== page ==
“In Aristotle …we have a very powerful philosophy of place as the starting point for all other forms of existence.” (Cresswell, 2009, p. 2)
This year will see the publication of my book Reimagining Spaces for Learning in Higher Education. Central to its thesis is the proposition that place and placemaking are the starting points for understanding spaces for learning. We need to be learning-centred in our thinking about space. This is fundamental to evaluating social media for learning, for example, in which learning occurs within a distributed and networked context, being experiential and unbounded. Social media learning spaces do not fit the paradigm of learning space; they are fundamentally experiential, boundless and connective and so they are unlike historic conceptions of learning space conceptualised and straight-jacketed by binary distinctions of formality and actuality.
It is apt that I am in Athens for New Year. It is here that Aristotle established his Lyceum and the gymnasium, places of learning through interaction and contemplation. This is where peripatetic learning was born. Subsequently the word peripatetic has become associated with the organisation and movement of teachers, nurses or doctors to service a region, but its original meaning was Aristotelian, describing learning as contemplative and conversational through walking. This phenomenon continues to fascinate me. Not only are learning, walking and talking central to the twitter walks (#twalks) I have run this year, but they are symbolic of a disrupted yet valid conception of learning space in which learning is part of a narrative of becoming. The same ideas are fundamental to Studio for All (Middleton, 2017) – the proposition that learning is best understood as being active, co-operative, generative and dynamic. This brings us to ‘being’ and learner agency in which each learner must first understand, accept and embrace the active learning role, developing the skills they need to learn now and into the future.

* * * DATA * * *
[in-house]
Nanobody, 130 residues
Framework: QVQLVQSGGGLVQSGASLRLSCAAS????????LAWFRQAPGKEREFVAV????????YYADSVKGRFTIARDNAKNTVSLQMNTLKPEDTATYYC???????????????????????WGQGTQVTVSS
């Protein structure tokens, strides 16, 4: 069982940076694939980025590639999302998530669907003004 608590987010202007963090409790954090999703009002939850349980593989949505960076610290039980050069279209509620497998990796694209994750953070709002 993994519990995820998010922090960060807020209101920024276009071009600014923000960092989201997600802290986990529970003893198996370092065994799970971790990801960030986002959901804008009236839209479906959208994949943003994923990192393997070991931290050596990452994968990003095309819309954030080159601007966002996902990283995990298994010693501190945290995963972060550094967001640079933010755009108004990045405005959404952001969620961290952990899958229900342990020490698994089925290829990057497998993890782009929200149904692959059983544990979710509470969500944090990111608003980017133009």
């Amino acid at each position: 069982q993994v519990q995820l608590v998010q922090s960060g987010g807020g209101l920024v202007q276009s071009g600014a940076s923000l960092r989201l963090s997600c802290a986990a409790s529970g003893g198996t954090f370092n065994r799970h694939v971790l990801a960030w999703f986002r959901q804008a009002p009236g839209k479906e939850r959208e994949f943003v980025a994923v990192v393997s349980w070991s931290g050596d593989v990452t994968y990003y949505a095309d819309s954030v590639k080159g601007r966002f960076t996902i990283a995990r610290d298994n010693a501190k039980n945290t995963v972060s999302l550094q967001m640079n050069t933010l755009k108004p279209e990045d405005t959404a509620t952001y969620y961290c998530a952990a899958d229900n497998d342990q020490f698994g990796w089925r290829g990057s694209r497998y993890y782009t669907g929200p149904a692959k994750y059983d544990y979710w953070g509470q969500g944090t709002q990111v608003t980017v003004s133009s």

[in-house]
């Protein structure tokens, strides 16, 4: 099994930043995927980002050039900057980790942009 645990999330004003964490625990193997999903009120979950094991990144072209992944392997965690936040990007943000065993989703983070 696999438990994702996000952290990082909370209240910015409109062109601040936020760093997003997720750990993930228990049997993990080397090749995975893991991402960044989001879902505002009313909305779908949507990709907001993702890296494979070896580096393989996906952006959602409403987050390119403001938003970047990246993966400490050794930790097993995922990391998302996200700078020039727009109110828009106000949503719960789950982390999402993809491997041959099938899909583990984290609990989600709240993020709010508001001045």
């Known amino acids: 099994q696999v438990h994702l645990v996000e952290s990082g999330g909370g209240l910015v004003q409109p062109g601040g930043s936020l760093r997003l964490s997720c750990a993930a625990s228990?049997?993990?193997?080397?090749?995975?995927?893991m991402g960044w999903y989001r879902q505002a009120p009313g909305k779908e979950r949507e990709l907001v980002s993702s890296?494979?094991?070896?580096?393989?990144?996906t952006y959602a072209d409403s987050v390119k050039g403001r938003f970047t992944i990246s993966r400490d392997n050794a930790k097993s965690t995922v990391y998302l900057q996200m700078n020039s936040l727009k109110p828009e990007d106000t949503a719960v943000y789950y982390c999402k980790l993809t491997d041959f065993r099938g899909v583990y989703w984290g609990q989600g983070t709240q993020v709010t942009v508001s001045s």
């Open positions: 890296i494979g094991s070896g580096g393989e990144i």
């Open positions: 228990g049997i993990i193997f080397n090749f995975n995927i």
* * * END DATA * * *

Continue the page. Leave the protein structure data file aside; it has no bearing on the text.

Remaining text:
By understanding connected place rather than simply detached space as our locus, educators may begin to redirect attention to learning context and situatedness, and what this means for developing knowledge and acquiring a learning disposition. Place, then, is much more than space: learning place is more about learning situation and what this means for each learner, while learning space is more interested in pragmatic matters of location and locale.
This year I expect to pay more attention to learning as it relates to place, placemaking, being, belonging and becoming.
Cresswell, T. (2009). Place. https://booksite.elsevier.com/brochures/hugy/SampleContent/Place.pdf
Middleton, A. (2017). Studio for All: perspectives on the pedagogy and ecology of studio-based learning. Creative Academic Magazine, August 2017, pp. 31-37.